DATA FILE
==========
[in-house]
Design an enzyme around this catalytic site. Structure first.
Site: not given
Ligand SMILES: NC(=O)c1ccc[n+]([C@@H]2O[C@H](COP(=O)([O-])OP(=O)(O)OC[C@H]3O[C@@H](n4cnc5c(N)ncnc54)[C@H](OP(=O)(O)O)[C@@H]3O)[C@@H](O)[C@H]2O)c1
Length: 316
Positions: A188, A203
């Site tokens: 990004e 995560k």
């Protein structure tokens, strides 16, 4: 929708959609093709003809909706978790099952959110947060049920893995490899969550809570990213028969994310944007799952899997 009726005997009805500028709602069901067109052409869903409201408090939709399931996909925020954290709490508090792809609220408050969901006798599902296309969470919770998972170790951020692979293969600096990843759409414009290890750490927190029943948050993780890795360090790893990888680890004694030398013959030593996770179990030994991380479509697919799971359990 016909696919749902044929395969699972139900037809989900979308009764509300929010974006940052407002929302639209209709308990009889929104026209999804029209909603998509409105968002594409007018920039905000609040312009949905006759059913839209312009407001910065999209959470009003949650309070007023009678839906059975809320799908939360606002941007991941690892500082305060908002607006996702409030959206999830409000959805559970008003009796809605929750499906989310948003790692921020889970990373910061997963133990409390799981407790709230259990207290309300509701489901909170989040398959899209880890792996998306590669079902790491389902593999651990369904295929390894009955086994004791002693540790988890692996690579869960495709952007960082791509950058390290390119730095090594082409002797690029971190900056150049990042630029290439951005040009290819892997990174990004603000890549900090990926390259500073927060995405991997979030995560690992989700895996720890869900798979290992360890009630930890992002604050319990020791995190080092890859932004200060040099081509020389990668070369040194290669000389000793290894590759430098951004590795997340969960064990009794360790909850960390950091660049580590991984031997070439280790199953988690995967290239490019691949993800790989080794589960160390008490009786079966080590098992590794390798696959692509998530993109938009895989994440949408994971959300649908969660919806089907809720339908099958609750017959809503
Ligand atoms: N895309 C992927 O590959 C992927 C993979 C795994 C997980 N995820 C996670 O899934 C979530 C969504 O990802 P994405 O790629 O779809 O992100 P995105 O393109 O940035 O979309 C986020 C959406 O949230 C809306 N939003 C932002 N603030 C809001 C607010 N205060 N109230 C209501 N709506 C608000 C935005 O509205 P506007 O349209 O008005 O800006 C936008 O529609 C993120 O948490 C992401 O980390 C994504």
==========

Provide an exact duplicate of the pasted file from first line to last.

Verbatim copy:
[in-house]
Design an enzyme around this catalytic site. Structure first.
Site: not given
Ligand SMILES: NC(=O)c1ccc[n+]([C@@H]2O[C@H](COP(=O)([O-])OP(=O)(O)OC[C@H]3O[C@@H](n4cnc5c(N)ncnc54)[C@H](OP(=O)(O)O)[C@@H]3O)[C@@H](O)[C@H]2O)c1
Length: 316
Positions: A188, A203
């Site tokens: 990004e 995560k």
């Protein structure tokens, strides 16, 4: 929708959609093709003809909706978790099952959110947060049920893995490899969550809570990213028969994310944007799952899997 009726005997009805500028709602069901067109052409869903409201408090939709399931996909925020954290709490508090792809609220408050969901006798599902296309969470919770998972170790951020692979293969600096990843759409414009290890750490927190029943948050993780890795360090790893990888680890004694030398013959030593996770179990030994991380479509697919799971359990 016909696919749902044929395969699972139900037809989900979308009764509300929010974006940052407002929302639209209709308990009889929104026209999804029209909603998509409105968002594409007018920039905000609040312009949905006759059913839209312009407001910065999209959470009003949650309070007023009678839906059975809320799908939360606002941007991941690892500082305060908002607006996702409030959206999830409000959805559970008003009796809605929750499906989310948003790692921020889970990373910061997963133990409390799981407790709230259990207290309300509701489901909170989040398959899209880890792996998306590669079902790491389902593999651990369904295929390894009955086994004791002693540790988890692996690579869960495709952007960082791509950058390290390119730095090594082409002797690029971190900056150049990042630029290439951005040009290819892997990174990004603000890549900090990926390259500073927060995405991997979030995560690992989700895996720890869900798979290992360890009630930890992002604050319990020791995190080092890859932004200060040099081509020389990668070369040194290669000389000793290894590759430098951004590795997340969960064990009794360790909850960390950091660049580590991984031997070439280790199953988690995967290239490019691949993800790989080794589960160390008490009786079966080590098992590794390798696959692509998530993109938009895989994440949408994971959300649908969660919806089907809720339908099958609750017959809503
Ligand atoms: N895309 C992927 O590959 C992927 C993979 C795994 C997980 N995820 C996670 O899934 C979530 C969504 O990802 P994405 O790629 O779809 O992100 P995105 O393109 O940035 O979309 C986020 C959406 O949230 C809306 N939003 C932002 N603030 C809001 C607010 N205060 N109230 C209501 N709506 C608000 C935005 O509205 P506007 O349209 O008005 O800006 C936008 O529609 C993120 O948490 C992401 O980390 C994504």